As an example, imagine that you are in a head-on collision while driving…let’s say…a '53 Buick and it collides with…let’s say…a 2008 Honda Civic. After the impact, the Civic will appear to be virtually destroyed, while the '53 Buick will have relatively little body damage. However, the driver of that Civic will walk away with few injuries (if he was belted in), while you might be severely injured and very possibly killed by colliding full-speed with the interior parts of your tank-like car.
Cars today are designed to protect the passengers, and as a result, the car itself might not survive the accident from which the passengers can walk away. But, I think that most of us will agree that this is the way that it should be.
As to the body parts that “break apart”, you are probably referring to the plastic and fiberglass body parts that are not structural. Using plastic and/or fiberglass for non-structural parts saves weight, which saves gas every time that you drive the car. If these parts break, it might not look pretty, but this has no effect on a vehicle’s crash-worthiness.
The most dramatic example of this are Formula 1 racing cars which routinely crash at 100 mph or more and spectacularly come apart, When the car comes to rest, the driver often walks away. All those pieces flying off were absorbing the impact! The “cage” which holds the driver must stay intact.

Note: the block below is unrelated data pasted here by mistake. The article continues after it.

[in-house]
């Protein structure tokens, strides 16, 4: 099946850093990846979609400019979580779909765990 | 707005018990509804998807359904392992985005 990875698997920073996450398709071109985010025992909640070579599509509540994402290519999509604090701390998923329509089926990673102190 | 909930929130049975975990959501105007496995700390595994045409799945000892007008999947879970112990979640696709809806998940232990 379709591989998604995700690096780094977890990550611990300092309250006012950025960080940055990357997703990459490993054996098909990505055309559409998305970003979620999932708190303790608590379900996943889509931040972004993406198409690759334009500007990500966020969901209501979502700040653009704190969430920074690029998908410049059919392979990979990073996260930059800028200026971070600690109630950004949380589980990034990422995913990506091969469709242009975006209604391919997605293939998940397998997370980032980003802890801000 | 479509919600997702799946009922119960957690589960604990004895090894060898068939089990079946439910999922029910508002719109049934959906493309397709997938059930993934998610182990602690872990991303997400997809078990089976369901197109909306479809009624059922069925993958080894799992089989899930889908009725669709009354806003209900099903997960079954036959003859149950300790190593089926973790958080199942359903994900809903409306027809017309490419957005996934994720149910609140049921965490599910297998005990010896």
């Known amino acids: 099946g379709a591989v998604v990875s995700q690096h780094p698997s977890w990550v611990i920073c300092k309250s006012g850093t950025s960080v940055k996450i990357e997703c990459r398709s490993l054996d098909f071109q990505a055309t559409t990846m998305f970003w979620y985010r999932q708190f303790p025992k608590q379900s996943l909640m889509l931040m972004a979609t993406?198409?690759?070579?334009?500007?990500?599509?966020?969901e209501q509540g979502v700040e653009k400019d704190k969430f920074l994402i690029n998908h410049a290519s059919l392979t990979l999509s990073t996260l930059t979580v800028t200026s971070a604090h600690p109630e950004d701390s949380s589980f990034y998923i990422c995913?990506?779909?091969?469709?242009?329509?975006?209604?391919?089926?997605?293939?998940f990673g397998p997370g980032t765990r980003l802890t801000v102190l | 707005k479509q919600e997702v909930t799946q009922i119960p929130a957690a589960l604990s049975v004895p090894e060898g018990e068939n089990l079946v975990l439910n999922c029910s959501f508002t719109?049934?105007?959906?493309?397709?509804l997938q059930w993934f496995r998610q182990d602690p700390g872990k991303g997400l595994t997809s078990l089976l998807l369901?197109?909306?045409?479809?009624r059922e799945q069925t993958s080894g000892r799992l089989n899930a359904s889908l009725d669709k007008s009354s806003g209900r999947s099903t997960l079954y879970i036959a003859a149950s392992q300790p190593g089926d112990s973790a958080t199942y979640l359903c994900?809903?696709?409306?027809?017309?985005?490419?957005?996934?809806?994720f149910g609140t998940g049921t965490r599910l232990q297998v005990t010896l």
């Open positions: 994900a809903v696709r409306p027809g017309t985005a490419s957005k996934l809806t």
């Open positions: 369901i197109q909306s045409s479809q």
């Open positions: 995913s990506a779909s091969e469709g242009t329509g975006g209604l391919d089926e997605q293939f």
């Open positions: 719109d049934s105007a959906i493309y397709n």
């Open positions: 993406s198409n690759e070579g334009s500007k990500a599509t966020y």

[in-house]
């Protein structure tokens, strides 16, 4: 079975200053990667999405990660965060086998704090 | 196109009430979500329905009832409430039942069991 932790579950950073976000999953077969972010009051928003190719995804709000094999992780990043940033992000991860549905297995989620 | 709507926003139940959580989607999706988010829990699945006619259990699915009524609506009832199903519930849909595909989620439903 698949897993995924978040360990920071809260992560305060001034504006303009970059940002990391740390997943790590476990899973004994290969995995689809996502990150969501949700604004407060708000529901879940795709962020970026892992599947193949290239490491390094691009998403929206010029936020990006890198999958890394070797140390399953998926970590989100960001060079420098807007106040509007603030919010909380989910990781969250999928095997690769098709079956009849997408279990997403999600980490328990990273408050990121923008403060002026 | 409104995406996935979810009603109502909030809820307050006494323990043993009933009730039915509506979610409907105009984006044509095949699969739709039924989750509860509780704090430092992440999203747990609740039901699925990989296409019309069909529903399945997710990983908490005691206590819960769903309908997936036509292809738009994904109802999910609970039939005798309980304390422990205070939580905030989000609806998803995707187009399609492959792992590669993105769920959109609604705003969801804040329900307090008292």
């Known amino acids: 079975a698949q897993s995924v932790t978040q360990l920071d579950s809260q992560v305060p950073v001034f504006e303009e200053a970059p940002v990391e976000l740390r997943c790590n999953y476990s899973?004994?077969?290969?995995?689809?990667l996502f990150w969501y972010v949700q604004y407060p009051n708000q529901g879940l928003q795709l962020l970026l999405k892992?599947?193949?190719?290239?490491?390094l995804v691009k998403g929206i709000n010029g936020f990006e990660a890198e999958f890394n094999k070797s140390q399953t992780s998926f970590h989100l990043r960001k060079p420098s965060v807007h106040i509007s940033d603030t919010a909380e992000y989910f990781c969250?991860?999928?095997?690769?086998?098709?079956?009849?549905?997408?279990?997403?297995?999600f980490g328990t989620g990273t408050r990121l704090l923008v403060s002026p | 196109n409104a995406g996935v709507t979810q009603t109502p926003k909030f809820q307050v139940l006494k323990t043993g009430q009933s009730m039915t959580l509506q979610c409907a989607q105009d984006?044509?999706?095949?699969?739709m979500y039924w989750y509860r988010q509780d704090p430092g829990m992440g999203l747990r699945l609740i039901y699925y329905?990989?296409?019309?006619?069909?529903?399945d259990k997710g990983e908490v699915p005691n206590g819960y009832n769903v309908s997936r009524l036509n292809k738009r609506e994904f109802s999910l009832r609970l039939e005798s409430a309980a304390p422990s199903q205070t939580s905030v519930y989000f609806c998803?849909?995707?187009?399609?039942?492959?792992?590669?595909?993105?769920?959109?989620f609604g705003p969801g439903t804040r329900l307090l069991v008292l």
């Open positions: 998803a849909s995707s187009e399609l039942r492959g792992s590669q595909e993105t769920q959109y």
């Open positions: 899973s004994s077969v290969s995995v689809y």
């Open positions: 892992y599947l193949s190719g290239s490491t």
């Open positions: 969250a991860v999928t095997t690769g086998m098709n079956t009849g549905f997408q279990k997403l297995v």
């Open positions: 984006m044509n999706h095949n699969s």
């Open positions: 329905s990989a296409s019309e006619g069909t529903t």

Another dramatic, but tragic crash was Pricess Diana, whose Mercedes S Class ran into a Paris, France tunnel abutment at 100 mph. Three passengers who were not wearing seat belts, incluidng Diana, were killed. The body guard, who was sober and wearing his seat belt, survived with some injuries. This type of crash in heavy old style US car likea Buick Roadmaster, would certainly have killed everyone.
Theoretically, all that modern technology is very nice. But in practice, these “crumple zones” are only useful during a major collision that would otherwise have been fatal or nearly fatal. The problem is that a modern car with crumple zones will sustain way too much damage in a minor collision compared to the old full-frame cars. Junk yards are full of late model cars that have been written off as a total loss after accidents that couldn’t possibly have been life threatening. Having been involved in accidents in both types of vehicles over the years, I personally am ambivalent about this issue. To use the above analogy, while I’d prefer to be safe in a 2008 Honda during a major accident, in the average fender bender, I’d much rather take my chances in a '53 Buick.